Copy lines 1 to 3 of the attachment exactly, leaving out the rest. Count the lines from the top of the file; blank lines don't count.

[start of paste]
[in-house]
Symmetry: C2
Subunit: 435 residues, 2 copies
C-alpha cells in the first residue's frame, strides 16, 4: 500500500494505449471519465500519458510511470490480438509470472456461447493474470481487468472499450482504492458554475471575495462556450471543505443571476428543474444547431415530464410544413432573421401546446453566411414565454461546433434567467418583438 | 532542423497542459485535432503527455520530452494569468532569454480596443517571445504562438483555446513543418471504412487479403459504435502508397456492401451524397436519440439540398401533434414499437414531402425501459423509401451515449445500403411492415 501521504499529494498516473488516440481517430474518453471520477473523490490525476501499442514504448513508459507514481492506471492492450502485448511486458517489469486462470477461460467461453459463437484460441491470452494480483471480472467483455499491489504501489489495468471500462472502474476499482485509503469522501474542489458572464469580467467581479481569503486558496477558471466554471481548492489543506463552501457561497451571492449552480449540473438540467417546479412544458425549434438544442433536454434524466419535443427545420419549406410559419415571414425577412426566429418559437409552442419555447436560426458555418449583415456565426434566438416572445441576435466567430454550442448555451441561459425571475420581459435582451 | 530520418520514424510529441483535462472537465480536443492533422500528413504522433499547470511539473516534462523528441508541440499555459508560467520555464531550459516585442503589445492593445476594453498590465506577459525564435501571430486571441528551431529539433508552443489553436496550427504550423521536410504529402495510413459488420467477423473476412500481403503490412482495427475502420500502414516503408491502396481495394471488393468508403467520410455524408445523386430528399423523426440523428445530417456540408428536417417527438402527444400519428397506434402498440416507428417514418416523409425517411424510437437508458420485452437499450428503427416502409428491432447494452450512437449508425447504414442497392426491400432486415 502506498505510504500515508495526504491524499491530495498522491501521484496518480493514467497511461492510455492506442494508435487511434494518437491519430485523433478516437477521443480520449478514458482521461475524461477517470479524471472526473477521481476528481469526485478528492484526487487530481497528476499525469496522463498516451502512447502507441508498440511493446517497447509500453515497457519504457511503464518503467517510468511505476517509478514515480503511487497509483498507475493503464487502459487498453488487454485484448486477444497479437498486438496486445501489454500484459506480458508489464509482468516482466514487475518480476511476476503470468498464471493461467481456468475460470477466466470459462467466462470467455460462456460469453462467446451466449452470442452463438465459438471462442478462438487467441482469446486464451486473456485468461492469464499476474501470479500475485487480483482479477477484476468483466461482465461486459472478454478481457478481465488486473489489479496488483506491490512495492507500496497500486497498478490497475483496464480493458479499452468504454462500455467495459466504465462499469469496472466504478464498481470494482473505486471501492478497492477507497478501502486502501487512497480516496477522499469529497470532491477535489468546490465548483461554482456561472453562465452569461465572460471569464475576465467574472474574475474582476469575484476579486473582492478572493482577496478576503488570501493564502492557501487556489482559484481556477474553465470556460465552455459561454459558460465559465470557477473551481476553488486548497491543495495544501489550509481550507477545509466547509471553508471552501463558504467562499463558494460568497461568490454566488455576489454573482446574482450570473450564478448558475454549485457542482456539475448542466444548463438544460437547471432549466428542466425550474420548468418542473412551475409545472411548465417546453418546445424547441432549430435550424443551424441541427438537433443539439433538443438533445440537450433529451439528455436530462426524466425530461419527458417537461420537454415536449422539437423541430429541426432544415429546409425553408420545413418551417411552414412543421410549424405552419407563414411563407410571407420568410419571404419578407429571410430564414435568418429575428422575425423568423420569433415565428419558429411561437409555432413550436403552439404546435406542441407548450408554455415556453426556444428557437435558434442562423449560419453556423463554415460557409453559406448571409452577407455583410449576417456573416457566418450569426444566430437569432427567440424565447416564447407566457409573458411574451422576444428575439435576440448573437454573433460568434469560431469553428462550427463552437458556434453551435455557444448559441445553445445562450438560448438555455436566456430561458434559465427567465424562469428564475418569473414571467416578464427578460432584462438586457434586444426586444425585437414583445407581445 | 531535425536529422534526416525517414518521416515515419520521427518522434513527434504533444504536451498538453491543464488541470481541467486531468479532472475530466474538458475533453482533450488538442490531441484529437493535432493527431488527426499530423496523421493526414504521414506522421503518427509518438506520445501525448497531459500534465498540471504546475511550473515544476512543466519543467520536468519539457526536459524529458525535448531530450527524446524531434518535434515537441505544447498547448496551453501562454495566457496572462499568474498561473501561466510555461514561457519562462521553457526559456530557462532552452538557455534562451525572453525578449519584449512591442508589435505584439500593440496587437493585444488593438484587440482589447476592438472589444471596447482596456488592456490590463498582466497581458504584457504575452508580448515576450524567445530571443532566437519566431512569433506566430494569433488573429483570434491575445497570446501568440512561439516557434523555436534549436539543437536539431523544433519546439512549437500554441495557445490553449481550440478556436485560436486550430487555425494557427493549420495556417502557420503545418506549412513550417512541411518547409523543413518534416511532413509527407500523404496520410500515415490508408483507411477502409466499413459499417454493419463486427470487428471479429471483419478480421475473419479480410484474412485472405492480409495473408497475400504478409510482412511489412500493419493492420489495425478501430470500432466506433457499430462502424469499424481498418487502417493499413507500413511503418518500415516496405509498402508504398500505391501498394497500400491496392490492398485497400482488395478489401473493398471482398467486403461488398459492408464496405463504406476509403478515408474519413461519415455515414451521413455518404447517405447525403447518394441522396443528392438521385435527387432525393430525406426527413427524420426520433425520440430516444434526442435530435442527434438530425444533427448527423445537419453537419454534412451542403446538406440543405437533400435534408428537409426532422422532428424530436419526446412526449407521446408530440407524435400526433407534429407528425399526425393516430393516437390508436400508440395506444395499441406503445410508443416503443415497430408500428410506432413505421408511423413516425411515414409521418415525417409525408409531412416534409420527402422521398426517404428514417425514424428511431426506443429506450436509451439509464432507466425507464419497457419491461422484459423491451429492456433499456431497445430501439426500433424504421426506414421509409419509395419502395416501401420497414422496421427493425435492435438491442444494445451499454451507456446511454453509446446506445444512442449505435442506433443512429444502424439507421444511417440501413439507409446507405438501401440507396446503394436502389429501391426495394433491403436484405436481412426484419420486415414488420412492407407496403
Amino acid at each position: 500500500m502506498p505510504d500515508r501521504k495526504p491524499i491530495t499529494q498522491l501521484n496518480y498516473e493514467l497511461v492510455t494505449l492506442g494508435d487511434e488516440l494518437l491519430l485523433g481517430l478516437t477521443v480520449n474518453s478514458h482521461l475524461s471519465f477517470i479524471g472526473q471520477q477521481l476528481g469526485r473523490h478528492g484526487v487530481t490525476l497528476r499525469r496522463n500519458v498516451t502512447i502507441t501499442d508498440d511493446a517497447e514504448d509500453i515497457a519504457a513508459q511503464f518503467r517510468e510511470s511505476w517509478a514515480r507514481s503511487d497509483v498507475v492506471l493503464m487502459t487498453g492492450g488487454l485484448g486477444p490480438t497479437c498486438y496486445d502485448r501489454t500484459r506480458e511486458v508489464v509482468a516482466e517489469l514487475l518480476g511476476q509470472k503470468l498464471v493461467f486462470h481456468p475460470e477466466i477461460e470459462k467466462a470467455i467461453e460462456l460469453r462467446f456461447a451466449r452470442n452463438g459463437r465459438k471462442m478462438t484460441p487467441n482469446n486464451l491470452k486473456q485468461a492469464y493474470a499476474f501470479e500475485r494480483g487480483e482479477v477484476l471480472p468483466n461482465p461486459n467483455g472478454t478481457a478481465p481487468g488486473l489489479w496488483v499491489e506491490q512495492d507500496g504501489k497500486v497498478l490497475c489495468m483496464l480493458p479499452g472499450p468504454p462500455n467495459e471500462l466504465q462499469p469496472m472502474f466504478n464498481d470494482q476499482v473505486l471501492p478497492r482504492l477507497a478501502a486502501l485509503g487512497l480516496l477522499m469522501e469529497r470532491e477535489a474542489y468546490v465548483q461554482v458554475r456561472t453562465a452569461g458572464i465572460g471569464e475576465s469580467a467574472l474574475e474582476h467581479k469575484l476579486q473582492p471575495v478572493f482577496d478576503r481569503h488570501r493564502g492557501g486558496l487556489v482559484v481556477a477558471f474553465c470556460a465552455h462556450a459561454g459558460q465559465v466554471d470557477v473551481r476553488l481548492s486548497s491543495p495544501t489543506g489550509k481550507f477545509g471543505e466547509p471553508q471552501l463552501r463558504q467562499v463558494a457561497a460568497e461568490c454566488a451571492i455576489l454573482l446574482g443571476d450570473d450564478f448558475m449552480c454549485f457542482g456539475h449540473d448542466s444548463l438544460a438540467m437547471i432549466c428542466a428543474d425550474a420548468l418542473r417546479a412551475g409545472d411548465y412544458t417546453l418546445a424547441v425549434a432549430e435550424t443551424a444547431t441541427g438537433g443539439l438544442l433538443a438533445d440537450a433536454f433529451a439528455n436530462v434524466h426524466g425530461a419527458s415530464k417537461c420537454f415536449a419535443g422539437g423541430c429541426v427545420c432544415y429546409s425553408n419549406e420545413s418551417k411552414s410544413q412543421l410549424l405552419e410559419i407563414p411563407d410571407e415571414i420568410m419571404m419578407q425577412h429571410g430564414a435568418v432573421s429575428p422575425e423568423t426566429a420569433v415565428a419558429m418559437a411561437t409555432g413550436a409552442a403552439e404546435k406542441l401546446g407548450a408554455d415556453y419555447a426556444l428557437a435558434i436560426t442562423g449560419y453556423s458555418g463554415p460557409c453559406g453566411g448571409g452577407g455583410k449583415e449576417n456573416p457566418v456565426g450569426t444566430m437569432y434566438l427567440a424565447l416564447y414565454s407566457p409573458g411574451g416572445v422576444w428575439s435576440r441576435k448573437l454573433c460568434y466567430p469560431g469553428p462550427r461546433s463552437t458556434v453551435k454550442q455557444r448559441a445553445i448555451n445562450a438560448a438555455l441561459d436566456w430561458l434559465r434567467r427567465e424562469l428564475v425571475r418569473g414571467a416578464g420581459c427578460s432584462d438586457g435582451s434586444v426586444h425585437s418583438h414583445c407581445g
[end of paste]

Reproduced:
[in-house]
Symmetry: C2
Subunit: 435 residues, 2 copies